Celebrating the Flower Ceremony
The Flower Ceremony, sometimes referred to as Flower Communion or Flower Festival, is an annual ritual that celebrates beauty, human uniqueness, diversity, and community.
Originally created in 1923 by Unitarian minister Norbert Capek of Prague, Czechoslovakia, the Flower Ceremony was introduced to the United States by Rev. Maya Capek, Norbert's widow.
In this ceremony, everyone in the congregation brings a flower. Each person places a flower on the altar or in a shared vase. The congregation and minister bless the flowers, and they're redistributed. Each person brings home a different flower than the one they brought.
Faith Without Borders
Celebrating the Flower Ceremony is an excellent opportunity for Unitarian Universalist (UU) congregations to express their commitment to our Sixth Principle: We covenant to affirm and promote the goal of world community with peace, liberty and justice for all. Read Sixth Principle Resources for the Flower Ceremony.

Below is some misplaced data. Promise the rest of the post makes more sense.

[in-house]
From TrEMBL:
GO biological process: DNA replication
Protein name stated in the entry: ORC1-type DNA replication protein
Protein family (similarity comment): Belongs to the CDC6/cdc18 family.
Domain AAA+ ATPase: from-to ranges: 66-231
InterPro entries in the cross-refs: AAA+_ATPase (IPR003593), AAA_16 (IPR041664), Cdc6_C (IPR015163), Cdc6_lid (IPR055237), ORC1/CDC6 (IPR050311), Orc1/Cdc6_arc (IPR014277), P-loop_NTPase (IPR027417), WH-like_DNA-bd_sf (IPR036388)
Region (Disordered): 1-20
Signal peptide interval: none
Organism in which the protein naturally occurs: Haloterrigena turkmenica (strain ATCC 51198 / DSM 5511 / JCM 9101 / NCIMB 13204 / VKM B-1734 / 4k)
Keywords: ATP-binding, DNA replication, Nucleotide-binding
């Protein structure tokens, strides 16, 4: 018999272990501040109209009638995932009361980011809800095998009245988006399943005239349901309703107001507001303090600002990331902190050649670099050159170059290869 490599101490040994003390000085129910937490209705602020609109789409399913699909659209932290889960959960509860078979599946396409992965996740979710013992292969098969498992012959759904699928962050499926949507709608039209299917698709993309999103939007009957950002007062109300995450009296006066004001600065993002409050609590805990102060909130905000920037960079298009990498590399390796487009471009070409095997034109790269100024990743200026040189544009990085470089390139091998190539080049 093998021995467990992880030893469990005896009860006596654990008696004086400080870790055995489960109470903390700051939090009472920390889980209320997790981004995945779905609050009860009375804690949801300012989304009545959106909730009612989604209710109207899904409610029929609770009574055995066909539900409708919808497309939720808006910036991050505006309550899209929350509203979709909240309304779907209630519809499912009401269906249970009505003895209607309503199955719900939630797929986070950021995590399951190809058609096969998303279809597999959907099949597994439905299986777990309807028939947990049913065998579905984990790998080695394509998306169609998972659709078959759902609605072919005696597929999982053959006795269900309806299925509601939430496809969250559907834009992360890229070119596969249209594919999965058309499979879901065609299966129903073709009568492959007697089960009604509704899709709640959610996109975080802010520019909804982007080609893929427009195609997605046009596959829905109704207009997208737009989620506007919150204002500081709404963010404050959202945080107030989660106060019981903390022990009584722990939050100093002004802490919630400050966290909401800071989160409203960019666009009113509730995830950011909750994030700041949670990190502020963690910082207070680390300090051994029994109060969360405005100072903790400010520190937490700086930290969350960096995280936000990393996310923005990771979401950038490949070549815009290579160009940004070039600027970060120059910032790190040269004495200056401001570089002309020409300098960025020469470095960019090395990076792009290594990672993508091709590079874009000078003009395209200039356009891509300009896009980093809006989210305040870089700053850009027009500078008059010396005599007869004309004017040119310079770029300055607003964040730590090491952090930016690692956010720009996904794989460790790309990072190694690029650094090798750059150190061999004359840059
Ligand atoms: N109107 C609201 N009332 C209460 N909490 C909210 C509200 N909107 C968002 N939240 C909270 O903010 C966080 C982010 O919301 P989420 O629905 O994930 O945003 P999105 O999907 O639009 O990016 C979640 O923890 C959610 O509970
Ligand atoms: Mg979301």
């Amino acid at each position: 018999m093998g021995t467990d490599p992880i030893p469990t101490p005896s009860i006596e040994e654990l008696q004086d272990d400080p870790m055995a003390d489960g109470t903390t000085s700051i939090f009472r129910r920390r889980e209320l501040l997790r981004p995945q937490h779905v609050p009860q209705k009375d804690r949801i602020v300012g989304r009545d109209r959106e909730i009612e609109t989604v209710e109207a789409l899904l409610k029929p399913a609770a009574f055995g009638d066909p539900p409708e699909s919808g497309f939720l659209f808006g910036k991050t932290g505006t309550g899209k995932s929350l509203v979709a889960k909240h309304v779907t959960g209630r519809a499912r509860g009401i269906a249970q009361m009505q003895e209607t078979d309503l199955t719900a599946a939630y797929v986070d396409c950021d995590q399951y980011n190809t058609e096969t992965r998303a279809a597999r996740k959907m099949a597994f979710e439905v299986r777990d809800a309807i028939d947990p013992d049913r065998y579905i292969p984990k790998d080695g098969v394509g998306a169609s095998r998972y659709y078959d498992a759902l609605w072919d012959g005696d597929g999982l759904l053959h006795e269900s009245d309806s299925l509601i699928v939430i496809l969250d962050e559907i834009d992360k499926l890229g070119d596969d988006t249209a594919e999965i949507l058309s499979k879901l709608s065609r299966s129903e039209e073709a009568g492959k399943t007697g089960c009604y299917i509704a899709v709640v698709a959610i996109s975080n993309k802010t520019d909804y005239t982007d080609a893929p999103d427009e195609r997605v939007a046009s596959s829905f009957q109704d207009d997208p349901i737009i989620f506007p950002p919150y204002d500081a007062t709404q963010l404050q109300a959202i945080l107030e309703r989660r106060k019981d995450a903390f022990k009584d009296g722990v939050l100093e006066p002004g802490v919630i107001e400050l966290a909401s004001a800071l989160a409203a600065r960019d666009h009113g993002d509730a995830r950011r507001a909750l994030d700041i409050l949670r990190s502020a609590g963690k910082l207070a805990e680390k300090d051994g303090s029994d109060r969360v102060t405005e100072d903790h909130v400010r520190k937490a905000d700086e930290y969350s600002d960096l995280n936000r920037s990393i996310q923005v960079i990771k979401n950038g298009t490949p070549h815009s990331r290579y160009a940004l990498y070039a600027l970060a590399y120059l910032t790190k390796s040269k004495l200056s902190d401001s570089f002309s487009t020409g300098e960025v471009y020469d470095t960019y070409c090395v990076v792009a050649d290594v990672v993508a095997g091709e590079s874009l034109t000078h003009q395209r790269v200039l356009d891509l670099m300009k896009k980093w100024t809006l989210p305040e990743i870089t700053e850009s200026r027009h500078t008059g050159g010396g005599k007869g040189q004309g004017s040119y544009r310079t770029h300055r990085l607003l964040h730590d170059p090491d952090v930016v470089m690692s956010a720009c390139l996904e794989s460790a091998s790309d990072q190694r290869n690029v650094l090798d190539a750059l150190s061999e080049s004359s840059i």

From Tapestry of Faith Curricula
Unitarian Universalist Perspectives
Words for Worship Services
- Flower Power
- Blessing for Flower Communion
- Children's Sunday and Flower Communion
- Flower Communion
- Flower Communion Blessing
- Infinite Spirit of Life, we ask thy blessing on these
- It is worthwhile to live and fight courageously for sacred ideals
- Meditation on Flower Communion Sunday
- Remembering Our Int'l Family of Faith
- The Communion Prayer
- Opening for Flower Communion
- For the Flowers have the Gift of Language
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